Hydroacoustic studies of beluga whale sounds are under way at Primorsky Aquarium

Hydroacoustic studies of beluga whale sounds are under way at Primorsky Aquarium

Researchers of the Primorsky Aquarium together with their colleagues from the A.V. Zhirmunsky National Scientific Center of Marine Biology, Far Eastern Branch of the Russian Academy of Sciences (NSCMB FEB RAS) and the Far Eastern Federal University (FEFU) are carrying out collaborative hydroacoustic research aimed to discourage marine mammals from entering the vicinity of fishing gear.

The studies have been conducted since 2018 at the Marine Mammal Research Station (MMRS). Scientists use different techniques to record sounds made by beluga whales and other marine mammals. These techniques are then applied to develop recording and reproduction devices, which are later assembled by colleagues from the Pacific Branch of the Russian Federal Research Institute of Fisheries and Oceanography (TINRO).

“Hydroacoustics and communication in marine mammals have long been studied in various scientific institutions. When the Primorsky Aquarium appeared and a variety of species and individuals of marine mammals became available for scientific studies, we received a great opportunity to carry out this kind of research. We have been working on it since 2018. The NSCMB FEB RAS is primarily a basic science institution, and various kinds of applied research are carried out in cooperation with other scientific organizations like the Far-Eastern State Technical Fisheries University, the FEFU or the TINRO,” said Igor Dolmatov, Director of the National Scientific Center of Marine Biology.

As Igor Katin, Principal Specialist of the Marine Mammal Research Station (MMRS), Primorsky Aquarium, told us, scientists work on a very important task, to mitigate a conflict between fisheries and marine mammals. Many species of these animals “engage” in fishing activities by causing damage to gear and eating fish from nets, and the MMRS is a facility providing conditions to develop practices and create equipment keeping beluga whales, orcas and pinnipeds away from fishing nets.

In order to perform this task, it is necessary to establish communication with the animals, first of all producing some kind of sounds that would allow repelling them in a harmless way. The subtle point is to repel marine mammals and to attract fish simultaneously. According to the specialist, the research will definitely bring economic benefits to fishermen, as fish catches will increase. On the other hand, it will be beneficial for the Primorsky Aquarium, too, as it significantly contributes to marine mammal conservation.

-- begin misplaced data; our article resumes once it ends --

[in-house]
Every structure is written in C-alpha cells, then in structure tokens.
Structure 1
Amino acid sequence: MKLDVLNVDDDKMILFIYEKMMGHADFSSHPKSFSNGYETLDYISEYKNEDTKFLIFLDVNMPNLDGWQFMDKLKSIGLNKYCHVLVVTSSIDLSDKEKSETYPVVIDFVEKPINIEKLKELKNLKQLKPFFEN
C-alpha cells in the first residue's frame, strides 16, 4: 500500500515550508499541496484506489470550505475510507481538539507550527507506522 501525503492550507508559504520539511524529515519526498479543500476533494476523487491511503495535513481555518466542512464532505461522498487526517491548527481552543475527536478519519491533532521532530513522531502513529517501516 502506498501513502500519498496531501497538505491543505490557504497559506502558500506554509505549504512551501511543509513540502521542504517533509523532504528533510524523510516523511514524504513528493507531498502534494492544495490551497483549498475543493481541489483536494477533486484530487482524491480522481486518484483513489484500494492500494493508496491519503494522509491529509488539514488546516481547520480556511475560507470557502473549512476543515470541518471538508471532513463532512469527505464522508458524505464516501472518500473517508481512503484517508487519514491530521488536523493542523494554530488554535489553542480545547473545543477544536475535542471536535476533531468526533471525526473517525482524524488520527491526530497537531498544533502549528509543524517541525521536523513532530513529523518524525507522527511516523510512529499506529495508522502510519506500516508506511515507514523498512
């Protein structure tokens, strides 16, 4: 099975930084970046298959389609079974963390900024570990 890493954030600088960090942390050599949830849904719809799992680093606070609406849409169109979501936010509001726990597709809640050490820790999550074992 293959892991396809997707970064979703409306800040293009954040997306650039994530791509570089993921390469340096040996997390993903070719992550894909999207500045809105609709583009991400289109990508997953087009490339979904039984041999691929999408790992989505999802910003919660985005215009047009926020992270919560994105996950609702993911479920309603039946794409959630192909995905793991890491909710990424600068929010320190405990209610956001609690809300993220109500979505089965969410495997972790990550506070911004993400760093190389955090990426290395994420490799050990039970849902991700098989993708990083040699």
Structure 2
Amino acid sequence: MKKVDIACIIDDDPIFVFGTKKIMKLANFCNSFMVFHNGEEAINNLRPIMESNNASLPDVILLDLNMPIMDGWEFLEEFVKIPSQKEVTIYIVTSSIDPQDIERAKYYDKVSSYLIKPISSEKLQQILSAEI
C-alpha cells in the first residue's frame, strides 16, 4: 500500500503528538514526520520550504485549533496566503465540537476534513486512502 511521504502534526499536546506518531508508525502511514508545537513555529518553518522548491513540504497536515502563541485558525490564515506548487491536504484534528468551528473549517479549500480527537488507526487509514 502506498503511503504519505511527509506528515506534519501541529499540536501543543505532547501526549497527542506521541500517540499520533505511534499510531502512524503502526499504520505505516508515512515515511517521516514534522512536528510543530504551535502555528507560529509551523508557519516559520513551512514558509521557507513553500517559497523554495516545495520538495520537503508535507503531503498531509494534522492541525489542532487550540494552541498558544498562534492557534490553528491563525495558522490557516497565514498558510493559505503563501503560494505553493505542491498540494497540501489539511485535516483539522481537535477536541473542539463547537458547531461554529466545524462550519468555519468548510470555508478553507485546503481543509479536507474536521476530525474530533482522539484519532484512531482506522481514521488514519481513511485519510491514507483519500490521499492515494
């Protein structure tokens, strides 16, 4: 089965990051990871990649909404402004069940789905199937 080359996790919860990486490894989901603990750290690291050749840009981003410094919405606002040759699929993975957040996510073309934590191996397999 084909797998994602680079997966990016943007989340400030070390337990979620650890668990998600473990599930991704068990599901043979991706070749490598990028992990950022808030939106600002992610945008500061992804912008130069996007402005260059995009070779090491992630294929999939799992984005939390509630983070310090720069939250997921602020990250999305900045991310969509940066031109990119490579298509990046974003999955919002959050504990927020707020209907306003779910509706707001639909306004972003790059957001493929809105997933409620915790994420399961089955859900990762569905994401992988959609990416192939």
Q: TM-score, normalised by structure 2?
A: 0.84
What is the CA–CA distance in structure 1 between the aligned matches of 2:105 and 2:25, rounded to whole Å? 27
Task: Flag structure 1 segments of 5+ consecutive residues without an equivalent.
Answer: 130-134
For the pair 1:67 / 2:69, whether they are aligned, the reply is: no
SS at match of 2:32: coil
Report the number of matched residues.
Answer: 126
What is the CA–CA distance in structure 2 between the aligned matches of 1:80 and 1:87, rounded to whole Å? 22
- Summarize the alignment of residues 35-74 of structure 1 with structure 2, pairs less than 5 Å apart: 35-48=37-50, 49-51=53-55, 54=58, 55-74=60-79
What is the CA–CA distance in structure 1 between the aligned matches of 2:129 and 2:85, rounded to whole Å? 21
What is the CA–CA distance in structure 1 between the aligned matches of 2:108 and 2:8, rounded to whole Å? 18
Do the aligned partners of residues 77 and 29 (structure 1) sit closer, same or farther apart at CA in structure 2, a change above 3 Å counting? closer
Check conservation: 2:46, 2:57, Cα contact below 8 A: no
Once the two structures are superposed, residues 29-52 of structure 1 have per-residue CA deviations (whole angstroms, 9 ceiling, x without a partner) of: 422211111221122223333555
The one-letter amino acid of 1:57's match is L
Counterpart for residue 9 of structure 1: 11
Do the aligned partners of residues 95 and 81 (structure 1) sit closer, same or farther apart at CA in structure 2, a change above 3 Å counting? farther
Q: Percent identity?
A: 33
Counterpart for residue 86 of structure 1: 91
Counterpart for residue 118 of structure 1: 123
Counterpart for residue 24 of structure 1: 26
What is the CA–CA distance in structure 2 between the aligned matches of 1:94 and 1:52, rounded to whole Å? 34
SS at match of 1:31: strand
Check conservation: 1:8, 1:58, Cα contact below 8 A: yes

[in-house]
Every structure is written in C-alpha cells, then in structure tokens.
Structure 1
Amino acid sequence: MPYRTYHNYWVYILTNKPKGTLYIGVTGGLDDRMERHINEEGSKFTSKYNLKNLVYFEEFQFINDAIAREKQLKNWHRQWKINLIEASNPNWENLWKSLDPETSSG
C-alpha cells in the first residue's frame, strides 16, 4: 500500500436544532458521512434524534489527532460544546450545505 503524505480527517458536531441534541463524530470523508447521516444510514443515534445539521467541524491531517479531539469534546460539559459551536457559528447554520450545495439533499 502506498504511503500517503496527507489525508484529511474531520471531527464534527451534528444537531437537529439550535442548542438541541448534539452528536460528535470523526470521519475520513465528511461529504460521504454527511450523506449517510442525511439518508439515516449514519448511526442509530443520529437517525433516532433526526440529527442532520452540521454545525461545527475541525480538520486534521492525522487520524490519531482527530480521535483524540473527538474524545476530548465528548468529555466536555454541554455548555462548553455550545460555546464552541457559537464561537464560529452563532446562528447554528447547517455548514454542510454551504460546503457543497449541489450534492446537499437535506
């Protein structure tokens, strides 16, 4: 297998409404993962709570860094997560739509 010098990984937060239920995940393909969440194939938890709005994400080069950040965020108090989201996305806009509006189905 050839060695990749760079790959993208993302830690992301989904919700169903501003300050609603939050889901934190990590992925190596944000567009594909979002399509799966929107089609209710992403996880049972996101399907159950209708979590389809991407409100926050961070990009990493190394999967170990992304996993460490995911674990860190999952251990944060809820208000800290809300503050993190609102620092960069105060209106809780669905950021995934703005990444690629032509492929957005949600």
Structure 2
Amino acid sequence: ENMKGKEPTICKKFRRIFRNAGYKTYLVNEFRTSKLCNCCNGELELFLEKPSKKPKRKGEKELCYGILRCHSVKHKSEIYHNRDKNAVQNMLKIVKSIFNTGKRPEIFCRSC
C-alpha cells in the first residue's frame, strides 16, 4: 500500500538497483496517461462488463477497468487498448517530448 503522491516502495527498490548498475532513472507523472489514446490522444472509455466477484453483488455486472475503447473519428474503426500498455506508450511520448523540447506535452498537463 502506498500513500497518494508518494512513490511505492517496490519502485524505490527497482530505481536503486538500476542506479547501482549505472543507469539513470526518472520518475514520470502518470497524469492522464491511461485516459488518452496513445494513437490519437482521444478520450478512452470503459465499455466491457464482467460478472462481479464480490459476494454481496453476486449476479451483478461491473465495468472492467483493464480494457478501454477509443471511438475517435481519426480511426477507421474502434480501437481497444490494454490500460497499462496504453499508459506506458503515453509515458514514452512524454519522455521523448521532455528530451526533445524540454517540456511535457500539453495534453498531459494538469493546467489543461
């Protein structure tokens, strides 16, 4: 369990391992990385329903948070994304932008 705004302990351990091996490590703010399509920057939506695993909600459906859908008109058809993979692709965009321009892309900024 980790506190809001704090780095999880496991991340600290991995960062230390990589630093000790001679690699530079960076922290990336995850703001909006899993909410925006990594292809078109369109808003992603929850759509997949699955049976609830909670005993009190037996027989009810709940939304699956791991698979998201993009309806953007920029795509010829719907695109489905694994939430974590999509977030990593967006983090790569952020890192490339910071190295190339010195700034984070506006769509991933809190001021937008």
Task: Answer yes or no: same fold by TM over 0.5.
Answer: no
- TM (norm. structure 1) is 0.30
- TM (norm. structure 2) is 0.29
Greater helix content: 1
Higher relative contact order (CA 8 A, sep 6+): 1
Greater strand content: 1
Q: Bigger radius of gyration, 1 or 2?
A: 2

“When fishermen try to save their catch, they often hit or even kill marine mammals; moreover, animals may get tangled up in nets and die. It happens all over Russian Far East seas and rivers. Therefore, it is necessary to develop a deterring device, and this work can only be done at a research station like this one, with proper equipment. It is not for field studies,” said Igor Katin.

As he noted, one of the main goals of the research is to keep animals away, and this goal can be reached by using predator calls or sounds that seals or whales emit to alert each other of danger. The scientists are testing a variety of sounds to understand which of them exert stronger effect.

A marine mammal deterrant is a system combining hydrophones, emitters, transducers and analyzers. The system works under water, which poses certain problems, because sound waves behave differently in water compared to air. The researchers are now improving the system to make it more effective.

Sergey Gorovoy, Associate Professor, Polytechnical Institute, Far Eastern Federal University, explained that their system detects sound signals produced by marine mammals and processes them. Scientists examine the results and find ways to imitate the sounds.

“We have been doing hydroacoustic research for more than five years. At first it all seemed quite simple, but then we saw that we were wrong. We have come across multiple obstacles. First of all, we assemble all devices manually. What is more, marine mammal studies have been conducted for a long time, and all soft options have already been found in this area. We are now struggling with subtler problems, more complicated but essential for our practical goals,” said the expert.”

Igor Dolmatov told us that they had had to put their investigations on hold because of coronavirus restrictions, but later the works started again. They have been gradually picking up steam. Before COVID-19, a number of preliminary results were obtained, for instance, several types of sounds emitted by marine mammals were recorded and reproduced. Also, expeditions were undertaken together with fishermen to test these results.

“We have achieved some progress on scaring away marine mammals from fishing grounds. But these results are not yet ready to be used in real life situations. Tests should be repeated and deterrent systems improved, and we are trying hard to do the job,” stressed Igor Dolmatov.